Seventeen-year-old biathlete Ben Churchill will be Canada's flag-bearer at the 2016 Winter Youth Olympic Games in Lillehammer, Norway, it was announced Monday.

The Calgary native will lead 54 Canadian athletes into the opening ceremony, which will be streamed live on, along with two daily update shows.

"I'm absolutely thrilled," Churchill told CBC Sports. "I wasn't expecting to be selected, so to be [chosen] is a very, very cool experience.

"To me it means joining a long line of accomplished Canadian athletes and sports people."

It could get loud

Lillehammer will host 1,100 of the world's best young winter athletes from 70 nations.

From Feb. 12-21, athletes age 15 to 18 will compete in 70 medal events. There will also be cultural and educational activities to help develop skills for the young athletes' future careers. 

The Youth Games will be Churchill's first time at an international event, as will be the case for a lot of athletes attending. Churchill anticipates a different level of competition as well as a little more noise than he's used to in Canada.

"I've never been [to Norway] before, but apparently between each shot [in the biathlon events] the crowd just roars if you hit, they sigh if you miss," said Churchill.

"It will be a very good experience to hopefully have a big, loud, distracting crowd to kind of have a bit of a baptism by fire in international competition."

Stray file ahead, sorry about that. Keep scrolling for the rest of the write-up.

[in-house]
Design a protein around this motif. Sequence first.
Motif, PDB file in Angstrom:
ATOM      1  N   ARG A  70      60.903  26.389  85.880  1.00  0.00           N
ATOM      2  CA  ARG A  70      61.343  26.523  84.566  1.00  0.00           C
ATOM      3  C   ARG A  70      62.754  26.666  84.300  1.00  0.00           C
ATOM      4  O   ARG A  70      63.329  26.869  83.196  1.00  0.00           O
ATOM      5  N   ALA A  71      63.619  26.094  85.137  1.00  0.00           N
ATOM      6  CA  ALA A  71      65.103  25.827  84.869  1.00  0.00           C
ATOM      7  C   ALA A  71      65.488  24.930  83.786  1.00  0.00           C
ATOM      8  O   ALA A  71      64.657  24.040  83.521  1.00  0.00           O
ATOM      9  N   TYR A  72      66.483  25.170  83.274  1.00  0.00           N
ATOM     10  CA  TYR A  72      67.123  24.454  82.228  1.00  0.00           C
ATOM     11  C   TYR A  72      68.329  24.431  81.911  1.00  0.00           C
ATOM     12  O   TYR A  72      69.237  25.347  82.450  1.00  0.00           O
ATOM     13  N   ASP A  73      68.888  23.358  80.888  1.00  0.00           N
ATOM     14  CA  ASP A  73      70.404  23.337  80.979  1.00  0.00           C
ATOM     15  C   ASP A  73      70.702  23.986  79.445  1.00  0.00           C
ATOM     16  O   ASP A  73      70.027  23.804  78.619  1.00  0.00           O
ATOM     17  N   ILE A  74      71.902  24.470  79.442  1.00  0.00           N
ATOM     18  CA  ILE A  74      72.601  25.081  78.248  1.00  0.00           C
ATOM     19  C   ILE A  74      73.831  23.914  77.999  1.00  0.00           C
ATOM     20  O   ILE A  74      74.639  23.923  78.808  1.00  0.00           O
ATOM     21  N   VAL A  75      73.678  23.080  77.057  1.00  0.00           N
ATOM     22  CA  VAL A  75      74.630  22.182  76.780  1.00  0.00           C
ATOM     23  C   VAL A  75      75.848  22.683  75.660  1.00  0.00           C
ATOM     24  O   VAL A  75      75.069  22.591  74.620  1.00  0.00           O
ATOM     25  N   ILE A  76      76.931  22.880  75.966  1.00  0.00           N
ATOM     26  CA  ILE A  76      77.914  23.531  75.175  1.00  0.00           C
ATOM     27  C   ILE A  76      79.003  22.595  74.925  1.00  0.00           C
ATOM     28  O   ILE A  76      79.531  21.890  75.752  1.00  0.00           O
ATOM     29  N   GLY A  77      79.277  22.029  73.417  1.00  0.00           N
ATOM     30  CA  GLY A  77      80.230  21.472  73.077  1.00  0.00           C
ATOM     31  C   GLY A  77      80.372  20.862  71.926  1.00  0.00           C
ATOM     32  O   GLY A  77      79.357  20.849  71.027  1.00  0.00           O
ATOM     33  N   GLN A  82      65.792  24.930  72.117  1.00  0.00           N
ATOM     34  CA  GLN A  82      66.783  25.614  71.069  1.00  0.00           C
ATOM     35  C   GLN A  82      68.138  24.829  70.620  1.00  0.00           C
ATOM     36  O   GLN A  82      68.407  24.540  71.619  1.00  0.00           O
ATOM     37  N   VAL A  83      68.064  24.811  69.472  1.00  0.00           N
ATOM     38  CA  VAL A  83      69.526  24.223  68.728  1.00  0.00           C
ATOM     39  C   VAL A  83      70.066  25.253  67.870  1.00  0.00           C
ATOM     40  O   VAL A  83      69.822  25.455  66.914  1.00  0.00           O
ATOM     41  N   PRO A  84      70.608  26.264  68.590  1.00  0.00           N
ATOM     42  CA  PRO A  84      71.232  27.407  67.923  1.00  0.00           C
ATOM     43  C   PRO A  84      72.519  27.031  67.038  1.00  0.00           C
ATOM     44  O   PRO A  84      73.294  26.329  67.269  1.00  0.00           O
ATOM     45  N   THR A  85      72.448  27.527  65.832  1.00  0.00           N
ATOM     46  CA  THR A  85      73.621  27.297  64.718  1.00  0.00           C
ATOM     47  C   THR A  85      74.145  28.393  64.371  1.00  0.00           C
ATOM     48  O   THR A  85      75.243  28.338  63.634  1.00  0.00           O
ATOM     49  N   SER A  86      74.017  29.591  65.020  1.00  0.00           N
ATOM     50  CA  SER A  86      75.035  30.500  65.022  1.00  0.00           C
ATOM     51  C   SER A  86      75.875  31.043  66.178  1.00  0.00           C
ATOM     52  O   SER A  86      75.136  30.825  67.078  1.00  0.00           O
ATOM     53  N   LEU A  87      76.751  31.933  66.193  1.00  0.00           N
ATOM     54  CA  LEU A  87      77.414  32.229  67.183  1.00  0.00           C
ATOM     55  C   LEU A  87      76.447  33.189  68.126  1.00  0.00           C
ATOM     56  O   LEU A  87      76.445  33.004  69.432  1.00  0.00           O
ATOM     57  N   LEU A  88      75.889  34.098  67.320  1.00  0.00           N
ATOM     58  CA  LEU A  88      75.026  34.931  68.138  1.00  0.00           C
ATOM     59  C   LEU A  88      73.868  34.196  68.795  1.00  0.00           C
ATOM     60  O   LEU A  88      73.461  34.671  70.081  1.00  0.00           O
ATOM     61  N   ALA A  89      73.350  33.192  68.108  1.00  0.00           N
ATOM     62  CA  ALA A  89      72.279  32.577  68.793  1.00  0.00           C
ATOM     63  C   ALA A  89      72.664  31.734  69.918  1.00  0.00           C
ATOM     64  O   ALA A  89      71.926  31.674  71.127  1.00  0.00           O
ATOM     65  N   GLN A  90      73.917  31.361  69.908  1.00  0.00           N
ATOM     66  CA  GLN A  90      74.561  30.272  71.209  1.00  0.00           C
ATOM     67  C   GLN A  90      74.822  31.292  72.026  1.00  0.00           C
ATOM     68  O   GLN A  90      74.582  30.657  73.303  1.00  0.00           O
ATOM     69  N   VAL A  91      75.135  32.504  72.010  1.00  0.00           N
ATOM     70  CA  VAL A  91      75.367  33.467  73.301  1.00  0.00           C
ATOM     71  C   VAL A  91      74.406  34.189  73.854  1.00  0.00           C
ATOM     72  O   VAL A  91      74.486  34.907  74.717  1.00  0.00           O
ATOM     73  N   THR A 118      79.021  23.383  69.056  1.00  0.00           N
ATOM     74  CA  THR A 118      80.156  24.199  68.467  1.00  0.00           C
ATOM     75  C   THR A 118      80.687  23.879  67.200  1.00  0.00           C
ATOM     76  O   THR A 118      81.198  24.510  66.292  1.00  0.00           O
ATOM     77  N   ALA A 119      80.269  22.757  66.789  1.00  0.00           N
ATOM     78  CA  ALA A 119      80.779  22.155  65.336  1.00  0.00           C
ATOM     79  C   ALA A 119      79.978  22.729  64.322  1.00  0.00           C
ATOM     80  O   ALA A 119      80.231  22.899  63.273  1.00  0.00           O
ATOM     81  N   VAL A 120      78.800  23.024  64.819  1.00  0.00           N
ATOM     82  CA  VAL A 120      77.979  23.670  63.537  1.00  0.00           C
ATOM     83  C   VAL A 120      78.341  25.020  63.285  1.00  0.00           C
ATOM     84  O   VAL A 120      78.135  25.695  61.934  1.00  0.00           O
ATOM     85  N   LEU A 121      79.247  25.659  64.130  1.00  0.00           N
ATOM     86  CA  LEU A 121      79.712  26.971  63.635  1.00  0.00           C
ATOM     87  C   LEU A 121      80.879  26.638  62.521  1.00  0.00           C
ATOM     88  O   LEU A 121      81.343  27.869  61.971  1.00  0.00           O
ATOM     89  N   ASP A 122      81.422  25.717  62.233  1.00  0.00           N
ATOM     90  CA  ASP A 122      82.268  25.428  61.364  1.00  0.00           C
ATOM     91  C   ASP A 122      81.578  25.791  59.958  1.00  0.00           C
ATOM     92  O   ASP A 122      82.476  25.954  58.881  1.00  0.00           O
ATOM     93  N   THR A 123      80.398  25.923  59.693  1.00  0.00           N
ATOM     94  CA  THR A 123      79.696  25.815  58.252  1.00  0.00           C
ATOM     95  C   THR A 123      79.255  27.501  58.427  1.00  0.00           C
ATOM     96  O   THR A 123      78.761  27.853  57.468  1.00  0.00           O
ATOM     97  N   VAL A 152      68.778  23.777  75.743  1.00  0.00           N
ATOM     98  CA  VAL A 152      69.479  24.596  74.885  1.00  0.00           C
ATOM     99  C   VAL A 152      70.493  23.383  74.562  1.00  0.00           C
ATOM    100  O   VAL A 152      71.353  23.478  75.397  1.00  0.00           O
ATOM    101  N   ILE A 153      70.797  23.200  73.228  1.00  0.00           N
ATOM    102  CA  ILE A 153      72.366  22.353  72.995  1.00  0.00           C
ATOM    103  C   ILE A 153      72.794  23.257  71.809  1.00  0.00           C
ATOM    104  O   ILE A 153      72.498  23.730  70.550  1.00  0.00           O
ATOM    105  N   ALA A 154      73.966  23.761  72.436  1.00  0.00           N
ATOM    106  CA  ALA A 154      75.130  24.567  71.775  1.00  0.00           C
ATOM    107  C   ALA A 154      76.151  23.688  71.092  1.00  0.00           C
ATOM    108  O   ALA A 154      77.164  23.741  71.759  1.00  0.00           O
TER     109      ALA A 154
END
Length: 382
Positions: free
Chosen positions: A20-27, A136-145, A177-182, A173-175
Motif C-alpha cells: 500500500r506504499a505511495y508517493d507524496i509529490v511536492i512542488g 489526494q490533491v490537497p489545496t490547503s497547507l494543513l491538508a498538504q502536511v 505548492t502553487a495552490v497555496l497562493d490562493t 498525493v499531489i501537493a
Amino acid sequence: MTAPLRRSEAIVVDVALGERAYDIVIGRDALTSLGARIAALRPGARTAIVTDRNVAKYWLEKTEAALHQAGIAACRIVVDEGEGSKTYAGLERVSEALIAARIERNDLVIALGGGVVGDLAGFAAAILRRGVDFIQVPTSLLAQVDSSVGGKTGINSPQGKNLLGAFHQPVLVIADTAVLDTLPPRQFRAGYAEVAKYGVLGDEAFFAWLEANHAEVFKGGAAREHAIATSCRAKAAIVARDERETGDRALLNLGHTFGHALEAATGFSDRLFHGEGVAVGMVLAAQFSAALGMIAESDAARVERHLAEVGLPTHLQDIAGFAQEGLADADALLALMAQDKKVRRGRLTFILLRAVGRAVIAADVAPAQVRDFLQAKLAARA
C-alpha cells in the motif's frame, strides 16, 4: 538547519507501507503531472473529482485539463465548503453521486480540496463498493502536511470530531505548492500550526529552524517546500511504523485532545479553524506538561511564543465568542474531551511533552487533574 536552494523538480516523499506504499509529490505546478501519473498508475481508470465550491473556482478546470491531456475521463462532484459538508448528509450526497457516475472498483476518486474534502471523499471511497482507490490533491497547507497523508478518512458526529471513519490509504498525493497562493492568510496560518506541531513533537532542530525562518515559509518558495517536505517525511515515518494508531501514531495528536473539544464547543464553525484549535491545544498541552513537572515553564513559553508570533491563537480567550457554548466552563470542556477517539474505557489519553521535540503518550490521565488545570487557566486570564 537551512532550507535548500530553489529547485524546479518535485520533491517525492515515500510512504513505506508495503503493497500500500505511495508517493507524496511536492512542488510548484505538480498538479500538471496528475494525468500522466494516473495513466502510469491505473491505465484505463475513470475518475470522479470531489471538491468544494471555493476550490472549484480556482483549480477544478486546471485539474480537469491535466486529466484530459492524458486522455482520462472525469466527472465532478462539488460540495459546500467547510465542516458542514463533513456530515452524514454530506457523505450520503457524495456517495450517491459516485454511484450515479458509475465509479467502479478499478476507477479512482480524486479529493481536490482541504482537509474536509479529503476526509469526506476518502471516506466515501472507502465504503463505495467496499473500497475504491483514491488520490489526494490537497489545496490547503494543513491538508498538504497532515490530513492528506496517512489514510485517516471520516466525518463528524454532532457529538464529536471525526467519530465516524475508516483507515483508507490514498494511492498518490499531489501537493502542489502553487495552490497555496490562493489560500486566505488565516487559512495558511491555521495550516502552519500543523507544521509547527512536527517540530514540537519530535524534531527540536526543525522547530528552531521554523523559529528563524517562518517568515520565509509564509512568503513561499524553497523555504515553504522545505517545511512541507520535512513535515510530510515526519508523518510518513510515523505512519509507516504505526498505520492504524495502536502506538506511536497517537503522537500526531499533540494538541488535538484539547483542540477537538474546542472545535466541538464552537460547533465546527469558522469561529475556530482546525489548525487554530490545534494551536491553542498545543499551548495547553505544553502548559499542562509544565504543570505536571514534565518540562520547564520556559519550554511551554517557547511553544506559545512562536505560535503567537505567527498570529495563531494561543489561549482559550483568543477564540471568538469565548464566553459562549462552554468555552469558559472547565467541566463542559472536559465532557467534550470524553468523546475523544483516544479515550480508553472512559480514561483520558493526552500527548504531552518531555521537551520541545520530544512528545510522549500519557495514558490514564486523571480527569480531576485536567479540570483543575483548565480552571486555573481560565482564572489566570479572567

Olympic dreams

Churchill trains for biathlon every day of the week — four times with his club, and every day at home. He is getting to the point where he'll have to make some tough decisions about his future. Not only is he heavily invested in biathlon, but the high school senior has dreams of pursuing a neuroscience degree.

But with the opportunity to compete at the Youth Games, and biathlon continuing to gain ground in Canada, Churchill's Olympic dreams are becoming a bit more tangible. 

"I think it's not possible to do full-time biathlon and full-time post-secondary education simultaneously," said Churchill. "The Olympics are still a dream, but with the qualifications at the 2016 Youth Olympics in Lillehammer, they certainly do seem a little less ethereal and esoteric.

"They do seem a little bit clearer now."